Yes, this deserves its own section. This scene does not belong in this movie. It is poorly written, acted, directed, choreographed, and conceived. It derails the story and is counter-productive to the characters involved. Yes, they even left it in the “vastly superior” director’s cut.
It starts with Matt Murdock being a creepy stalker. Elektra tries to walk away, but he grabs her arm (pro-tip: no means no). Then they proceed to fight on the playground equipment in front of a bunch of little kids.
Not only is Matt blowing his cover as a handicapped blind man, but there is no functional purpose to the fight. It was probably intended to establish sexual tension and mild animosity between Matt and Elektra, but it’s really just a misplaced waste of time.
Lawyer by day, vigilante by night. Matt Murdock has always been a duel threat crime-fighter. He defends the defenseless in court, then preys on the predators in the streets. The problem is, Ben Affleck’s Daredevil is completely useless as a lawyer. The director’s cut devotes more time to fleshing out the legal side of the plot, but still doesn’t provide any evidence that he’s more than mediocre at anything that doesn’t involve punching.
The problem is that Murdock’s lawyering in the movie is largely successful because of the unbilled overtime hours his alter-ego is putting in, which begs the question: “why be a lawyer at all?” Just committing to full time work as the Man Without Fear seems like it would yield far better results, making a good chunk of the movie feel more pointless than it already did.
Considering the original pitch was far more focused on legal drama, it’s not hard to imagine a version of the movie where Matt’s courtroom skills might appear to be of more value. Unfortunately, legal drama is probably one of the first things to be sacrificed when you want to be more like Spider-Man.
Elektra doesn’t belong in this movie. Not just because her entire plotline feels like an afterthought to an already bloated story, but because her story isn’t even her’s. The story where Fisk frames Daredevil for the death of a woman’s father (as happens in Daredevil) is taken from a comic arc belonging to a completely different character: Maya Lopez, a.k.a. Echo.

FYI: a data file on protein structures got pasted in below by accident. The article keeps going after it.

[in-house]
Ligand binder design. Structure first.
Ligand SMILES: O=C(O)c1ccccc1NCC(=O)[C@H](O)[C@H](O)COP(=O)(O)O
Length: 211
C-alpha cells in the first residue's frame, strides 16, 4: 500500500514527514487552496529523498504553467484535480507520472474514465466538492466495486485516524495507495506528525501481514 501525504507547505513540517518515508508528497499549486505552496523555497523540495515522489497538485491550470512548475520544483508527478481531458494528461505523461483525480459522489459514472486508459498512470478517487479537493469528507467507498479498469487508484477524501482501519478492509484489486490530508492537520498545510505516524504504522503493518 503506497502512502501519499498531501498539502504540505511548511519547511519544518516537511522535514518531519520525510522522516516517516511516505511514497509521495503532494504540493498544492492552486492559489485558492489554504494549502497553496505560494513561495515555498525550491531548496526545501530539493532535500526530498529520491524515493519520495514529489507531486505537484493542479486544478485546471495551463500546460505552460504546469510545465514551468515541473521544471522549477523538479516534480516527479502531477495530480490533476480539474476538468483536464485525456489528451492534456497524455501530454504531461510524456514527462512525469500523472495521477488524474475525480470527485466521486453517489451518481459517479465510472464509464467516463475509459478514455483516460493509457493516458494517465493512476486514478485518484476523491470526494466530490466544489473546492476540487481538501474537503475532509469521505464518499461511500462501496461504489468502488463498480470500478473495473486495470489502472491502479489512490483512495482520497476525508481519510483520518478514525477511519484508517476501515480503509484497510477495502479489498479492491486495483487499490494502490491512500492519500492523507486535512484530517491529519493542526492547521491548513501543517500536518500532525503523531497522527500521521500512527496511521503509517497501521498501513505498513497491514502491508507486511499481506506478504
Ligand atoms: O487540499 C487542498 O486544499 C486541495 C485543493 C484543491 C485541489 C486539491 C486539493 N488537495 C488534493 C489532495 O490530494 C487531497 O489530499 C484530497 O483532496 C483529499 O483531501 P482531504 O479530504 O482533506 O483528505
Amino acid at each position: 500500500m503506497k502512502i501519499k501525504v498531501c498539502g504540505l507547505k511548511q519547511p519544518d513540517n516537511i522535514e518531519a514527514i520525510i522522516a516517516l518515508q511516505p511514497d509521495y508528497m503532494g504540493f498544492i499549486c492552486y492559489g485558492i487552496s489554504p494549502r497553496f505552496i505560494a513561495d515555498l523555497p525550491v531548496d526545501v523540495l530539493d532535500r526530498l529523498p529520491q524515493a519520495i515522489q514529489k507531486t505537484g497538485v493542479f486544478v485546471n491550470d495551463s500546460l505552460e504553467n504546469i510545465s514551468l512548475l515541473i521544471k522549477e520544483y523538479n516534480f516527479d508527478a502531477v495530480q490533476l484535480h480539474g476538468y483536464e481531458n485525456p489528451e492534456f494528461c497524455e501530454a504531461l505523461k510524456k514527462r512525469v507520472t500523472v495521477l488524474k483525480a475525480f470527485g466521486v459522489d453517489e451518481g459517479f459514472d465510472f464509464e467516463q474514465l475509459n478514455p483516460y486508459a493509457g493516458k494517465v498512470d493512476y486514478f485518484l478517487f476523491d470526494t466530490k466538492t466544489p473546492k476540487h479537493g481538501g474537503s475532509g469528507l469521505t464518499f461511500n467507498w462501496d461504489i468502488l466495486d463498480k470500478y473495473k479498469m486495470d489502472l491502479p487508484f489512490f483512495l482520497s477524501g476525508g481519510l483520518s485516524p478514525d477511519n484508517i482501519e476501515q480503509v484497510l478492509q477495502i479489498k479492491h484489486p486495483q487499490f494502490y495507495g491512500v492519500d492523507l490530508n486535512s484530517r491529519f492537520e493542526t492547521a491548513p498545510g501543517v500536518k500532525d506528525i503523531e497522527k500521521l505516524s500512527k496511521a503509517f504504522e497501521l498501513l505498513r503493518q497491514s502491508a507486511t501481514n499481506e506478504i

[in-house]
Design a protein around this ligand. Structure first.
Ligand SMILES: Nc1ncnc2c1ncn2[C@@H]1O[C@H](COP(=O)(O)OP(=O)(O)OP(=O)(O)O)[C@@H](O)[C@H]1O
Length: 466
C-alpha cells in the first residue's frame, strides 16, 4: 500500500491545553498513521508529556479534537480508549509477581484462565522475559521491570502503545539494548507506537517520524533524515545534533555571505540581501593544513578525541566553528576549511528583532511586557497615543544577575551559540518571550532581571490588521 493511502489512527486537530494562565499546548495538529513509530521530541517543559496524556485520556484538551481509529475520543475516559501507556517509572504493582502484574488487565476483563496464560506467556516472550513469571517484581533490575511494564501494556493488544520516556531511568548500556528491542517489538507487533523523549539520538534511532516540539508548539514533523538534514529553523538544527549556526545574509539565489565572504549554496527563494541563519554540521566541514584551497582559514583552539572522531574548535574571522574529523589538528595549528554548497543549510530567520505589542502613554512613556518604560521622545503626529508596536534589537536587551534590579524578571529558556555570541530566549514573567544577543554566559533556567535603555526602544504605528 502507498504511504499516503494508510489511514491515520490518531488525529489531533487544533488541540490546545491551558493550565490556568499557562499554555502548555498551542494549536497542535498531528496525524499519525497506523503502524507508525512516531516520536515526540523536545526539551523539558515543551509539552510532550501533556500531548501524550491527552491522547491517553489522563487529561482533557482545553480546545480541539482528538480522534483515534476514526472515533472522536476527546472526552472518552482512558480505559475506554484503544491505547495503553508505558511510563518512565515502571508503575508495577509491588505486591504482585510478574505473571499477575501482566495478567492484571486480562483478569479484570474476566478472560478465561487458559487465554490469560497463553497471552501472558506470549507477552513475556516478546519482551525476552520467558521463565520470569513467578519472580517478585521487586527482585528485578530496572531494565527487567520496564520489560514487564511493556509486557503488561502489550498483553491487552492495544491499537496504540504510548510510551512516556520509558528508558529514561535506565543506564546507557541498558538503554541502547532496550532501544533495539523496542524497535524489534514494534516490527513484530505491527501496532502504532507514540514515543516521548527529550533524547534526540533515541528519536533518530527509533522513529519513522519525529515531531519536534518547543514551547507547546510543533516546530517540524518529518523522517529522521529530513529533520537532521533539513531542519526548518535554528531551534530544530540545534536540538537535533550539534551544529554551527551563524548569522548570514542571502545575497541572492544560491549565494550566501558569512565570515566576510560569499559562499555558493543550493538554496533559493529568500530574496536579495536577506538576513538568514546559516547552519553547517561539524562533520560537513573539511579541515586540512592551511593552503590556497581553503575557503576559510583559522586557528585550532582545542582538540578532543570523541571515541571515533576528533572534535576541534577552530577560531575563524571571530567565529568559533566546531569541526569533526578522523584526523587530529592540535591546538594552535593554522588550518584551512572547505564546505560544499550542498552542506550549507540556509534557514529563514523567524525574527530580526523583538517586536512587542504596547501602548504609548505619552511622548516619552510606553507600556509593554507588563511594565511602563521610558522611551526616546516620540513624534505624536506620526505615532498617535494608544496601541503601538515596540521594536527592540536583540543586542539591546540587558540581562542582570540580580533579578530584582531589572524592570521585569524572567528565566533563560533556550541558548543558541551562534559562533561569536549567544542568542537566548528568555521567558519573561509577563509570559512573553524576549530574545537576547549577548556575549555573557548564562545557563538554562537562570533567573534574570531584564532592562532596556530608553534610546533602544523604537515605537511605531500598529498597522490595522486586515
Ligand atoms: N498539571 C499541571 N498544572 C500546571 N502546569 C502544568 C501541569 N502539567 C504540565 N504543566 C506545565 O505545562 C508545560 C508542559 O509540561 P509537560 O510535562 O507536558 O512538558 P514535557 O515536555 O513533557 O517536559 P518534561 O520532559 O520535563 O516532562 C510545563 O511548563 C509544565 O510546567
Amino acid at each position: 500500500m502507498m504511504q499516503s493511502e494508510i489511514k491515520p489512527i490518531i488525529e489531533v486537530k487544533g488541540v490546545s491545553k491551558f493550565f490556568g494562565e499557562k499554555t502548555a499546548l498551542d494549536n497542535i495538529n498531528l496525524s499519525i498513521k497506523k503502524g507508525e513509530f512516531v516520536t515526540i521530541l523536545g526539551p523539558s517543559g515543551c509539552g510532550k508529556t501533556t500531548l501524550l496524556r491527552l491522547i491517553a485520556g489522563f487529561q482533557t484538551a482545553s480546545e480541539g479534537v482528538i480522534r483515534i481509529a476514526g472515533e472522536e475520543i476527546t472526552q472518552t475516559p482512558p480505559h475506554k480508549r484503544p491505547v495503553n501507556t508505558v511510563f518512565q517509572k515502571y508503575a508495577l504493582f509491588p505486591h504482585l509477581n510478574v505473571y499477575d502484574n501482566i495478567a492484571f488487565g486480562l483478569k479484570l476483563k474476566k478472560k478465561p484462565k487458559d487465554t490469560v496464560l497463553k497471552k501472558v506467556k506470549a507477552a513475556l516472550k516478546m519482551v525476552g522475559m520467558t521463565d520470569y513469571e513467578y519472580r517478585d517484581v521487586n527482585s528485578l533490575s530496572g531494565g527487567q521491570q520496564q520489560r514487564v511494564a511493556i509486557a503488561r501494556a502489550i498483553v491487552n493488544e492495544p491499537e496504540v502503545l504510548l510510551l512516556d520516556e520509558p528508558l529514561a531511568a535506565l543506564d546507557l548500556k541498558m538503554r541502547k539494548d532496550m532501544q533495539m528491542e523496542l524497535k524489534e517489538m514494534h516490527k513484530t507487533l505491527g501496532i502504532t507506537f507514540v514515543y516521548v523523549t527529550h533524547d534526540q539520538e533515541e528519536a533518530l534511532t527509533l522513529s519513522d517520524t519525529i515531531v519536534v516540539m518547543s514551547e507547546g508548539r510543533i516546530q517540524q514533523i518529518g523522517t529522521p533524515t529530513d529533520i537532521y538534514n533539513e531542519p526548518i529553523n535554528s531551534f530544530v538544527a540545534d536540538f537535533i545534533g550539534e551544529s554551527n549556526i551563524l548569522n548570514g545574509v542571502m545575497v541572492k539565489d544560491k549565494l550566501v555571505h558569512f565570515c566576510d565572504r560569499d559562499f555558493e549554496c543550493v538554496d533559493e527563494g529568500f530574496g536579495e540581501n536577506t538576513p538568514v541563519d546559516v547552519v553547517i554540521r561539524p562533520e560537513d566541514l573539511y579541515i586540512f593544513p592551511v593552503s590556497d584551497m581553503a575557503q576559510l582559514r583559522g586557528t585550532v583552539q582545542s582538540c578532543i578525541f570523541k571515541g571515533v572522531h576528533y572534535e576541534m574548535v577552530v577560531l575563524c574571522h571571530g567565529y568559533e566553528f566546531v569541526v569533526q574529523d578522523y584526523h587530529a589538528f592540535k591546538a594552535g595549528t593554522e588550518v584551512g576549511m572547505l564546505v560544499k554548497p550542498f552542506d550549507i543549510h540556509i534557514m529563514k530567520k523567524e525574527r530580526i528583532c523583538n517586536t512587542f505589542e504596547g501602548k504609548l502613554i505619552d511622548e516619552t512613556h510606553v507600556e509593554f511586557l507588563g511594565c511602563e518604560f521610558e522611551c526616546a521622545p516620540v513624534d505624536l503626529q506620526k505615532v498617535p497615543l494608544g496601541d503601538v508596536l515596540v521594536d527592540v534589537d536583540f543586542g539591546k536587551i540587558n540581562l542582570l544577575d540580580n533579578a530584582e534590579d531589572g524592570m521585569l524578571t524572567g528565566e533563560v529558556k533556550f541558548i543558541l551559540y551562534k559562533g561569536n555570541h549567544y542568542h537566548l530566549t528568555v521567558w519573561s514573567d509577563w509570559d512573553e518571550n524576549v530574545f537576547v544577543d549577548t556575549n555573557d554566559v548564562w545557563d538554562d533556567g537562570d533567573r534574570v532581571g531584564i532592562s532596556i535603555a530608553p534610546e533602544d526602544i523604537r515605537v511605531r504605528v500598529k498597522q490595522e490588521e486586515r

The shared history belonging to Matt and Elektra in the comics is gone, Elektra’s story is coopted from another female character, and the chemistry between Affleck and Garner is awkward at best. Their romance consists of about 10 minutes of Elektra pushing off Matt’s unwanted advances and a weird playground fight, then they’re kissing in the rain.
Despite the multiple issues with her character, the greatest offense is that she could have basically been cut from the movie entirely without affecting the larger plot. Yet, somehow, she got her own spinoff.
It may have been controversial casting at the time, but Michael Clarke Duncan’s portrayal of Wilson Fisk was one of the more impressive parts of the movie. Vincent D'Onofrio nailed the nuance of the character in the Netflix series, but it’s unlikely any actor could be nearly as physically imposing in the role as Duncan.
The biggest problem with Kingpin in 2003’s Daredevil is that his role is criminally reduced to accommodate the terrible romance subplot with Elektra. This is one of the better improvements in the director’s cut, but his presence is still minimized.
He’s also defeated by Daredevil in their first meeting. It might be a common trope for the villain to win the first bout, only for the hero to be victorious at the end, but Daredevil is clearly missing this first encounter, pushing Fisk into a role better suited for a videogame boss than New York’s criminal overlord.
It’s always easy to look back at an original pitch, or watch the director’s cut and assume there was supposed to be a much better movie there, but it just got away from them during production. We’ll never know how good Daredevil could have been had it been executed as conceived, but one thing’s for sure: the theatrical version was a complete dud, and the Director’s cut only provides marginal improvement.